No indictment for mishandling of Taser in Denver excessive force case

The stun gun with which sheriff’s officers killed Marvin Booker in Denver’s jail wasn’t the stun gun they entered into evidence.

No indictment for mishandling of Taser in Denver excessive force case

A grand jury has chosen not to issue indictments against four Denver sheriff’s deputies and a sergeant in connection with the handling of the Taser with which they killed a homeless street preacher in the city jail.

After The Colorado Independent reported last year on disparities between the facts of Marvin Booker’s 2010 killing and data from the stun gun the city produced as evidence, District Attorney Beth McCann convened a grand jury to investigate. In question was whether someone in Denver’s Safety Department switched out the Taser for another to hide officers’ excessive use of force and, if so, whether it rose to the level of criminal evidence tampering or perjury.

Data downloaded from the Taser would have been the only way to know if officers shocked Booker three times longer than city policy allows, as witnesses’ testimony and videotape evidence suggest. Without that data, Booker’s family says it is left to wonder how much he suffered while dying, why the weapon used in the city’s most notorious excessive force case was not the one turned over to police or apparently entered into evidence, and whether eight years later, anybody will ever be held accountable.

“Now the entire municipality of Denver joins those sheriffs (in) a major cover up with Marvin’s blood on their hands,” Booker’s brother, the Rev. Spencer Booker, wrote in a letter Tuesday from his home near St. Louis.

“Our intent is to seek and receive justice,” he added, “no matter how long it takes.”

Marvin Booker, 56, came from a family of Southern pastors and preached on the streets of Denver to people with addiction, mental health, and housing challenges similar to those that he, too, was facing. 

Early on July 9, 2010, he was arrested on an outstanding warrant for drug possession and was waiting to be booked into Denver’s Van Cise-Simonet Detention Center. When his name was called, he walked sock-footed toward the booking desk, and then turned back to retrieve shoes he’d taken off and left in the waiting area.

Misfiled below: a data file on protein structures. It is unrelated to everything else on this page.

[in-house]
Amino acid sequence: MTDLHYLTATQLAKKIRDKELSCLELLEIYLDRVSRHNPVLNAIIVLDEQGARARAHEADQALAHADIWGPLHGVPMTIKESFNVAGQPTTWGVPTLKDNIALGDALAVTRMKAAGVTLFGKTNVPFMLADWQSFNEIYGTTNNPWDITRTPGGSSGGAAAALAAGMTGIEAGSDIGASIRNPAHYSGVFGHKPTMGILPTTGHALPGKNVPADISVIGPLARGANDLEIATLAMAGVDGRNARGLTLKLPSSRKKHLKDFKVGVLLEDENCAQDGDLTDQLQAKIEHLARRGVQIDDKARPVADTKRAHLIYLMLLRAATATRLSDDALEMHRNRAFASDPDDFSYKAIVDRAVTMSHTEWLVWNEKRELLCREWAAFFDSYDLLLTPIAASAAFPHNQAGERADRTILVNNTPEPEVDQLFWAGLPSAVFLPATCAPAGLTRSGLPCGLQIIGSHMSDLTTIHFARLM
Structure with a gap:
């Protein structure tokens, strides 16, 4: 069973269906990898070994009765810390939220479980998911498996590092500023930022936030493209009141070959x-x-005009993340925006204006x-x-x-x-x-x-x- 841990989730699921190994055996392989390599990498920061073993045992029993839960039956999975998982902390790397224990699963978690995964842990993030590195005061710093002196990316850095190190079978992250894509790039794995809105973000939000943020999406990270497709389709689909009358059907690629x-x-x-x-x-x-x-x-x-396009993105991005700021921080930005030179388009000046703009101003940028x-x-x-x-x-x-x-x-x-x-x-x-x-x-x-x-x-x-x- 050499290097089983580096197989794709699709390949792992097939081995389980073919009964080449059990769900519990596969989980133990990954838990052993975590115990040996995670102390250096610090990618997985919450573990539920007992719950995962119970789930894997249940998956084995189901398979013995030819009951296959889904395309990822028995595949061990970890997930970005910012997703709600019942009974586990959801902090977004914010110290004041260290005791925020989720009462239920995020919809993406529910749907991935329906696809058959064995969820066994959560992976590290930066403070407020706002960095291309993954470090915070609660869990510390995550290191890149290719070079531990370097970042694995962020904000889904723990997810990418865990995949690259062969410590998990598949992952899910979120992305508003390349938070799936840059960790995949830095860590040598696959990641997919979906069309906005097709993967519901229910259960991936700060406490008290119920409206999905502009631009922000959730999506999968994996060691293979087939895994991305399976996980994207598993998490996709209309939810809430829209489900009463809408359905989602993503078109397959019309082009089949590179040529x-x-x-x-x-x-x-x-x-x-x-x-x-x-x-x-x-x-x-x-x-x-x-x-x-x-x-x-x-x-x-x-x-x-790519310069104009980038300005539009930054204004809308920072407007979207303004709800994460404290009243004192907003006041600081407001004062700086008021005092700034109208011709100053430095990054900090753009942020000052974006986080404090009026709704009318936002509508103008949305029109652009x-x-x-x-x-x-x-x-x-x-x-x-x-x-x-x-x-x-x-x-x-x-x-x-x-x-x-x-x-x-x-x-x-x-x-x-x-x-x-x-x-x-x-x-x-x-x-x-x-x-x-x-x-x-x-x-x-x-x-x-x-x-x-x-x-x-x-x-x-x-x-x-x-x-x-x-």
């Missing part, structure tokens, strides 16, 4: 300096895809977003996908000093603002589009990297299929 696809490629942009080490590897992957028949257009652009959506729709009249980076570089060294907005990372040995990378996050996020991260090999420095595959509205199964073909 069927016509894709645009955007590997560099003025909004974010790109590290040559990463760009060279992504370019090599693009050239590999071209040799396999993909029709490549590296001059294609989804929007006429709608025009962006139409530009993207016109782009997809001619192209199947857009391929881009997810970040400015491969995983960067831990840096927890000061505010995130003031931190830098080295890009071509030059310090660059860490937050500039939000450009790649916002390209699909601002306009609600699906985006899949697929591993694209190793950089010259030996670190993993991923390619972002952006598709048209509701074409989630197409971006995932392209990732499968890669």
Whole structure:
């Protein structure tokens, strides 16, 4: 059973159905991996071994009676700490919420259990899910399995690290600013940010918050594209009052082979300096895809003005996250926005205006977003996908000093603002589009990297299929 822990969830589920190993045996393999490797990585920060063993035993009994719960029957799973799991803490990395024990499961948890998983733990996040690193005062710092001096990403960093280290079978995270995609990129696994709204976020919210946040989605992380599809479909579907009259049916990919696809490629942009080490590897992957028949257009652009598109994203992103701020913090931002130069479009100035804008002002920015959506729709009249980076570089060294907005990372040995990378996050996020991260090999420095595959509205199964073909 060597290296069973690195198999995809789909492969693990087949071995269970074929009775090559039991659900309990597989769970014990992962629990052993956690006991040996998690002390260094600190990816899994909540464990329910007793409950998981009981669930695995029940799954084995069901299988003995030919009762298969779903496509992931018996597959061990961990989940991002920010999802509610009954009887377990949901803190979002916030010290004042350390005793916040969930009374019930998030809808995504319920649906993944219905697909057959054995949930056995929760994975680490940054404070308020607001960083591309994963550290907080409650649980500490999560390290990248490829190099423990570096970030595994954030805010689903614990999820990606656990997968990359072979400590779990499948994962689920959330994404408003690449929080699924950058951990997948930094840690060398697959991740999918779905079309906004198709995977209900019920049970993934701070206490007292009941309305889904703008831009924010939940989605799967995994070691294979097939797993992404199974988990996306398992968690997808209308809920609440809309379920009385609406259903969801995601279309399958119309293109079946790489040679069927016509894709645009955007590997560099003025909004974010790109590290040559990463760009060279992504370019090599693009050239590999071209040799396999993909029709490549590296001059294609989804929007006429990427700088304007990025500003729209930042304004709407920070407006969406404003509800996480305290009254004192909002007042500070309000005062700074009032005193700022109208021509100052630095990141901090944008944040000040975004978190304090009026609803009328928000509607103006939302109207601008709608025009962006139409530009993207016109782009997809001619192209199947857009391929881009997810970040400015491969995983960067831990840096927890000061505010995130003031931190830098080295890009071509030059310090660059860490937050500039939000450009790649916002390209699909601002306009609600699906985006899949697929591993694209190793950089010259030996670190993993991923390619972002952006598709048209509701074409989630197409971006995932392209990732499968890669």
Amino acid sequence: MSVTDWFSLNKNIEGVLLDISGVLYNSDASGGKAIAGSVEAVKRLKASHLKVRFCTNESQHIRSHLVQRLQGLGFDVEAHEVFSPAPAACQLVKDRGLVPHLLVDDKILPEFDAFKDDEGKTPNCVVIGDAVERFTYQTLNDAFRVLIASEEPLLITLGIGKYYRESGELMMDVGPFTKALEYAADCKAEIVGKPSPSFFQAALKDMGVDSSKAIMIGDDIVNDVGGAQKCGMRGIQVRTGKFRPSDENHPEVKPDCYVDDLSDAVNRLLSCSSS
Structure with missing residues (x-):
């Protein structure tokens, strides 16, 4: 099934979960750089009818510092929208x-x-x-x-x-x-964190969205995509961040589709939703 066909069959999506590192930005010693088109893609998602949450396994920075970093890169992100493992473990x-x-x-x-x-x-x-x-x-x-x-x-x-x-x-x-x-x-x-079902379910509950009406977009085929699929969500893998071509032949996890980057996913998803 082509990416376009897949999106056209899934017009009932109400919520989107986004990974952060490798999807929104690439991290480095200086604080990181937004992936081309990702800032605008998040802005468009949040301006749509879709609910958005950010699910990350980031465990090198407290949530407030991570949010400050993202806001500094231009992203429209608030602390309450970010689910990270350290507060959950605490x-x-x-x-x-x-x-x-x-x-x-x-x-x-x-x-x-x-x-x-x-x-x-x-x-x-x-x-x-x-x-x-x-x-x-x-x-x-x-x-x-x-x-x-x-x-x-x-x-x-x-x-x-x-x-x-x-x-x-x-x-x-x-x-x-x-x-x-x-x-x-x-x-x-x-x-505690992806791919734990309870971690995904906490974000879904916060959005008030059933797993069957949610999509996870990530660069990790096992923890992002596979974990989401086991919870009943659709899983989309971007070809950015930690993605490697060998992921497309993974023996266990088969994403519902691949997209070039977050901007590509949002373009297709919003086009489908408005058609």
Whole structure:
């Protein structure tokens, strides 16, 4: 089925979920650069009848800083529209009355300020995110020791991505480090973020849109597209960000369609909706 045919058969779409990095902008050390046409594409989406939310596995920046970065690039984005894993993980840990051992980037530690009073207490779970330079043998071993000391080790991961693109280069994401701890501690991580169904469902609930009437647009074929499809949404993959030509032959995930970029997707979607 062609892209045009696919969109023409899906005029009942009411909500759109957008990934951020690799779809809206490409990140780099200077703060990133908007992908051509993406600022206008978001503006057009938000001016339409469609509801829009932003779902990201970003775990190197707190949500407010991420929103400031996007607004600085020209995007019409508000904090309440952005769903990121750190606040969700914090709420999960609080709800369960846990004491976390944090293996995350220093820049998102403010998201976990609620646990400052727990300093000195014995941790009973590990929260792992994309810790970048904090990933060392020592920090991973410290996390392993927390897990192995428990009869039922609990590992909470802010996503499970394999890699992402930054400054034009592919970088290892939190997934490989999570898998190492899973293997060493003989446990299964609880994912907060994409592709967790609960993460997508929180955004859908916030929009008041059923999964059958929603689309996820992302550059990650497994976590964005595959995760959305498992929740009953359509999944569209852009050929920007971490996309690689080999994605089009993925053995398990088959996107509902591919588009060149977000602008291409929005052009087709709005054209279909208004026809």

An officer ordered him to stop walking. Video shows four deputies piling on top of him, cuffing him, and putting him in a chokehold in front of several witnesses. While he lay on the floor, hands cuffed behind his back and deputies holding him down, their sergeant electroshocked him with a Taser. He died during the attack or shortly after while officers stood nearby. 

They later admitted in court that Booker, who weighed 135 lbs., presented no physical threat.

Eight years later, questions linger about the Taser evidence, including:

  • why the Sheriff’s sergeant, Carrie Rodriguez, went to her office to lock up the Taser before seeking medical help for Booker – a detour the city’s official report omitted
  • why, before returning Booker’s limp and lifeless body, Rodriguez made another trip back to the lockbox in her office to retrieve the Taser she had locked up minutes earlier, later testifying she thought she might need it for protection against him
  • why she handed in as evidence a Taser with a different serial number and that wasn’t deployed the day of the incident
  • and why a police detective investigating the case switched that Taser for yet another Taser that was fired the day of the incident but 34 minutes after Rodriguez shocked Booker and for a much shorter time than video and eyewitness evidence suggest

Mayor Michael Hancock’s administration relied on data from the Taser the detective placed into evidence to inform Booker’s autopsy report, the internal investigation, the Denver District Attorney’s decision not to press charges against the officers, and its own decision not to discipline or fire them.

The Bookers have said the mishandling of the Taser screams of a cover up.